With “The Imitation Game,” “Black Mirror” and the upcoming “Freak Show,” young British actor Alex Lawther is racking up quite the resume, and his latest indie film, “Departure,” is another notable entry.
Lawther spoke with CBS News about what drew him to the film -- about a mother and son at odds as they clear out a vacation home in the French countryside -- and why striving for diversity onscreen is so important.
What was it about “Departure” that first clicked with you?
I auditioned for the role a year before we started filming. I think we made “Departure” maybe three years ago now? A long time ago. What interested me initially was this difficult mother-son relationship, which for me is the heart of the film. That element of the story stood out to me as the most interesting.
How did you build that sometimes painful relationship with Juliet Stevenson, who plays your mother?
She’s brilliant. She wears her soul on her face, Juliet. And Elliot, my character, is so unlikeable at times. That is very much an understatement. And he’s made doubly unlikeable by Juliet’s ability to wear that pain so subtly but at the same time so vividly on her face. You can see every thought cross her eyes. I remember seeing the film with her and coming out and saying, “Elliot is such a d**k, I’m sorry that you had to play opposite that.”
You’ve previously discussed the importance of knowing what to say no to as an actor. What sort of thought or guidance has gone into how you’ve crafted your filmography?
It’s really been about instincts. Sometimes I’ve made mistakes and not really listened to my instincts and I’ve done a project and I’ve been disappointed with the consequence, I think, as a consequence of not listening to whatever part of me it is that, at its base, is interested in telling interesting stories. So yeah, in terms of decision-making, it’s a difficult thing. On the one hand you make decisions, and on the other hand those decisions are made for you. It’s about making sure whatever decisions you do get to make are coming from a place of integrity. Hopefully you won’t go too far wrong. I mean, I’m 21, I don’t really know what I’m saying.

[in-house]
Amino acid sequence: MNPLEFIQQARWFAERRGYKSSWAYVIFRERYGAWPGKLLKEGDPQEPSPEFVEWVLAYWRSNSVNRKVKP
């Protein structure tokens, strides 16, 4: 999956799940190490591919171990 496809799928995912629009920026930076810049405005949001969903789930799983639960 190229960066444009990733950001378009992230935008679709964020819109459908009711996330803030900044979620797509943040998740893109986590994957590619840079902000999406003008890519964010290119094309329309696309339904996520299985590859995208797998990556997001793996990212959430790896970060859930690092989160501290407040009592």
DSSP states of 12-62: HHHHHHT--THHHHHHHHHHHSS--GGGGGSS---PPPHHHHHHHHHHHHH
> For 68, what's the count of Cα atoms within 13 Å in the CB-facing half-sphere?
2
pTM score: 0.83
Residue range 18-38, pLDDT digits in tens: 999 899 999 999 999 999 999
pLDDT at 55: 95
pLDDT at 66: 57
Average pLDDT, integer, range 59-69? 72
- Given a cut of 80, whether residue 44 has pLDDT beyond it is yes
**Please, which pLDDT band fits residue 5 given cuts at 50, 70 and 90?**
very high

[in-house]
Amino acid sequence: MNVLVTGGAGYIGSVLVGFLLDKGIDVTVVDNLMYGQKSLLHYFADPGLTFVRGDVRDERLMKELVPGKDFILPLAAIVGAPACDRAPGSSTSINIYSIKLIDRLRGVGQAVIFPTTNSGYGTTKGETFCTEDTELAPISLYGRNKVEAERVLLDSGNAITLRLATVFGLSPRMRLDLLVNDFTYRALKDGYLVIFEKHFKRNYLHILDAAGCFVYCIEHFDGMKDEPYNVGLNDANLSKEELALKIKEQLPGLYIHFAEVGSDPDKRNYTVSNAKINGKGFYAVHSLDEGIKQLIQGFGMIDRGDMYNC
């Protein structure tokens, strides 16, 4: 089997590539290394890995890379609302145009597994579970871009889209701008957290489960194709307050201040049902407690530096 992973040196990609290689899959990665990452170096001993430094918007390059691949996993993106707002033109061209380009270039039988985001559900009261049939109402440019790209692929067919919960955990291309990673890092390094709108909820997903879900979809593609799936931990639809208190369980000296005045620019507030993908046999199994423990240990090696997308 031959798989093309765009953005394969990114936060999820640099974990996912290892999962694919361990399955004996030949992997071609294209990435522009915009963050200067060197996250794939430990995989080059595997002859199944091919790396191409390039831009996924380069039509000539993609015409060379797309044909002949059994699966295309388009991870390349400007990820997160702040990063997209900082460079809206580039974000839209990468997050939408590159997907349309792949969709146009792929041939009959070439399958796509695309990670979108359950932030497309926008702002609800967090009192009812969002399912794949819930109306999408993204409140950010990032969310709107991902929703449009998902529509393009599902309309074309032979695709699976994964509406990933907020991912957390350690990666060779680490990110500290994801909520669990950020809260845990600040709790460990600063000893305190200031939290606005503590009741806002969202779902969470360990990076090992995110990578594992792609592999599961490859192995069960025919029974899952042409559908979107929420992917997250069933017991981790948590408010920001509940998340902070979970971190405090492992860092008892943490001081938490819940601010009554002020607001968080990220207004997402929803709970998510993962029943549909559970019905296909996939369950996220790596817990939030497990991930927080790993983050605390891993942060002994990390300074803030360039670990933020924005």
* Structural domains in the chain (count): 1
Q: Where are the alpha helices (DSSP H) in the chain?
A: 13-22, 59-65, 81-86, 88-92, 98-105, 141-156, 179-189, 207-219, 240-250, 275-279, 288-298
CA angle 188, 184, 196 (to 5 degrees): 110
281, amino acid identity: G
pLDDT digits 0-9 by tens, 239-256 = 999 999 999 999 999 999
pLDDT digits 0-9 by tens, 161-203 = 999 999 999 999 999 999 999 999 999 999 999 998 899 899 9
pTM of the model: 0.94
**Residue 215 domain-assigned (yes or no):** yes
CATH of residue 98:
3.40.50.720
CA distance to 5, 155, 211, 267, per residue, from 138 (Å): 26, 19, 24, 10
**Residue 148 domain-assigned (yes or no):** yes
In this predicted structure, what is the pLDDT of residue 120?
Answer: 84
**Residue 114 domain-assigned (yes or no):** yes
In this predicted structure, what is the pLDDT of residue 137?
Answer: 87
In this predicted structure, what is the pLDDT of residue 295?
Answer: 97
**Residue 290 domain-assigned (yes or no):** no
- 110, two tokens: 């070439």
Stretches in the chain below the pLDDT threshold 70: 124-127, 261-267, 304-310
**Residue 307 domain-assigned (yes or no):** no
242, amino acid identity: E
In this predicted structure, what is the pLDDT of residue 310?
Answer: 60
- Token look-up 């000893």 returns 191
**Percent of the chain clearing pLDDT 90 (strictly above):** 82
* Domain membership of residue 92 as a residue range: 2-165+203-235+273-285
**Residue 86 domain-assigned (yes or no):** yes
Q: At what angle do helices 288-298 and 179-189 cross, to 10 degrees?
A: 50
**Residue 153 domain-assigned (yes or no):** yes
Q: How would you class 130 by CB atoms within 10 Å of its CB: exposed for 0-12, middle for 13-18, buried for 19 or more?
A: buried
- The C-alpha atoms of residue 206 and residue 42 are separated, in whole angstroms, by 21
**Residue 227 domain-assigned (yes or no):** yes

What do you think about the importance of creating films addressing the LGBT youth experience, especially in today’s changing political climate?
We still have a very long way to go. I’m lucky enough to live in London, which is a boiling pot of every kind of language and background and demographic and sexuality and gender, and yet most of what we’re seeing in the cinema is not reflective of that. And absolutely, LGBT stories are important to tell -- which is part of a broader problem that we just need more diversity on our screens and in our theaters -- and in our government, too -- to represent a broader population.
You also just premiered “Freak Show” in Berlin, in which you play a teenage drag queen. Do you see that as in anyway continuing this kind of conversation?
It’s very different from “Departure.” It’s a film that perhaps fits in the American high school genre, whereas “Departure” is a film that looks toward the more European, continental school of film. They’re very different in their styles. You know what? I’d never really considered them as a continuation of a conversation. I saw them as both individually interesting stories to tell and characters that I personally wanted to explore and see what it would be like -- sort of experiment in that sense.
“Departure” is available in DVD and VOD starting March 10.